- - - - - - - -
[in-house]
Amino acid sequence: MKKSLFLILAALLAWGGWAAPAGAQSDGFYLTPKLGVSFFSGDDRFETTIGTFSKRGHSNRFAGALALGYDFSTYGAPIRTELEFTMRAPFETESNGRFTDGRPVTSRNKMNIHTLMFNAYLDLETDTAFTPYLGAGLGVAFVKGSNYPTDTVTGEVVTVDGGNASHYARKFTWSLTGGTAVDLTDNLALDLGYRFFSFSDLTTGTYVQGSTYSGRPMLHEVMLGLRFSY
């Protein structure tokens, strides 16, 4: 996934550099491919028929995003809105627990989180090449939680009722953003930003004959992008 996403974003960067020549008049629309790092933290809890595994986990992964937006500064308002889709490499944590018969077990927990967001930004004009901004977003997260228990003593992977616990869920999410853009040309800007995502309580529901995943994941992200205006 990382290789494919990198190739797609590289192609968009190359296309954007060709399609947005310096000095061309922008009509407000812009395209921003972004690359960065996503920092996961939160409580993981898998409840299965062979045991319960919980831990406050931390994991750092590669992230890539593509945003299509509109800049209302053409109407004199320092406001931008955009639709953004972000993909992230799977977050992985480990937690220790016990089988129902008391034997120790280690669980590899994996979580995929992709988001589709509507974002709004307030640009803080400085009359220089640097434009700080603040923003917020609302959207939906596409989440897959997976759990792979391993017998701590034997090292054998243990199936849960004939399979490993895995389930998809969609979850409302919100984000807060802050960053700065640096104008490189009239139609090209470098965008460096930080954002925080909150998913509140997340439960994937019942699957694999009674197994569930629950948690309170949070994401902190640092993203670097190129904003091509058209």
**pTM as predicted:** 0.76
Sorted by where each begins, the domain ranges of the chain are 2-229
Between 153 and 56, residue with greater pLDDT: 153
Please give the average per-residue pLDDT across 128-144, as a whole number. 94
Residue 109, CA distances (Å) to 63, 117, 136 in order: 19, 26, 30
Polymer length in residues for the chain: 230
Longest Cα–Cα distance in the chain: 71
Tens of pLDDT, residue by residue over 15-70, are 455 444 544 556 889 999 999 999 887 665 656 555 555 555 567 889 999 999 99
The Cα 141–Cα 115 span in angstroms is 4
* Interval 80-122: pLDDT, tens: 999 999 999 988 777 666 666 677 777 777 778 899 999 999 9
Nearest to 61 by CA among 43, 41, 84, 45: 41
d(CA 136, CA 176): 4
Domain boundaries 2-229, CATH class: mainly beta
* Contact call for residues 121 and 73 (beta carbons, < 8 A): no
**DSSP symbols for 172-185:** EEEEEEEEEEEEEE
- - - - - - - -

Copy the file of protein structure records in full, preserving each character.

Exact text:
[in-house]
Amino acid sequence: MKKSLFLILAALLAWGGWAAPAGAQSDGFYLTPKLGVSFFSGDDRFETTIGTFSKRGHSNRFAGALALGYDFSTYGAPIRTELEFTMRAPFETESNGRFTDGRPVTSRNKMNIHTLMFNAYLDLETDTAFTPYLGAGLGVAFVKGSNYPTDTVTGEVVTVDGGNASHYARKFTWSLTGGTAVDLTDNLALDLGYRFFSFSDLTTGTYVQGSTYSGRPMLHEVMLGLRFSY
């Protein structure tokens, strides 16, 4: 996934550099491919028929995003809105627990989180090449939680009722953003930003004959992008 996403974003960067020549008049629309790092933290809890595994986990992964937006500064308002889709490499944590018969077990927990967001930004004009901004977003997260228990003593992977616990869920999410853009040309800007995502309580529901995943994941992200205006 990382290789494919990198190739797609590289192609968009190359296309954007060709399609947005310096000095061309922008009509407000812009395209921003972004690359960065996503920092996961939160409580993981898998409840299965062979045991319960919980831990406050931390994991750092590669992230890539593509945003299509509109800049209302053409109407004199320092406001931008955009639709953004972000993909992230799977977050992985480990937690220790016990089988129902008391034997120790280690669980590899994996979580995929992709988001589709509507974002709004307030640009803080400085009359220089640097434009700080603040923003917020609302959207939906596409989440897959997976759990792979391993017998701590034997090292054998243990199936849960004939399979490993895995389930998809969609979850409302919100984000807060802050960053700065640096104008490189009239139609090209470098965008460096930080954002925080909150998913509140997340439960994937019942699957694999009674197994569930629950948690309170949070994401902190640092993203670097190129904003091509058209």
**pTM as predicted:** 0.76
Sorted by where each begins, the domain ranges of the chain are 2-229
Between 153 and 56, residue with greater pLDDT: 153
Please give the average per-residue pLDDT across 128-144, as a whole number. 94
Residue 109, CA distances (Å) to 63, 117, 136 in order: 19, 26, 30
Polymer length in residues for the chain: 230
Longest Cα–Cα distance in the chain: 71
Tens of pLDDT, residue by residue over 15-70, are 455 444 544 556 889 999 999 999 887 665 656 555 555 555 567 889 999 999 99
The Cα 141–Cα 115 span in angstroms is 4
* Interval 80-122: pLDDT, tens: 999 999 999 988 777 666 666 677 777 777 778 899 999 999 9
Nearest to 61 by CA among 43, 41, 84, 45: 41
d(CA 136, CA 176): 4
Domain boundaries 2-229, CATH class: mainly beta
* Contact call for residues 121 and 73 (beta carbons, < 8 A): no
**DSSP symbols for 172-185:** EEEEEEEEEEEEEE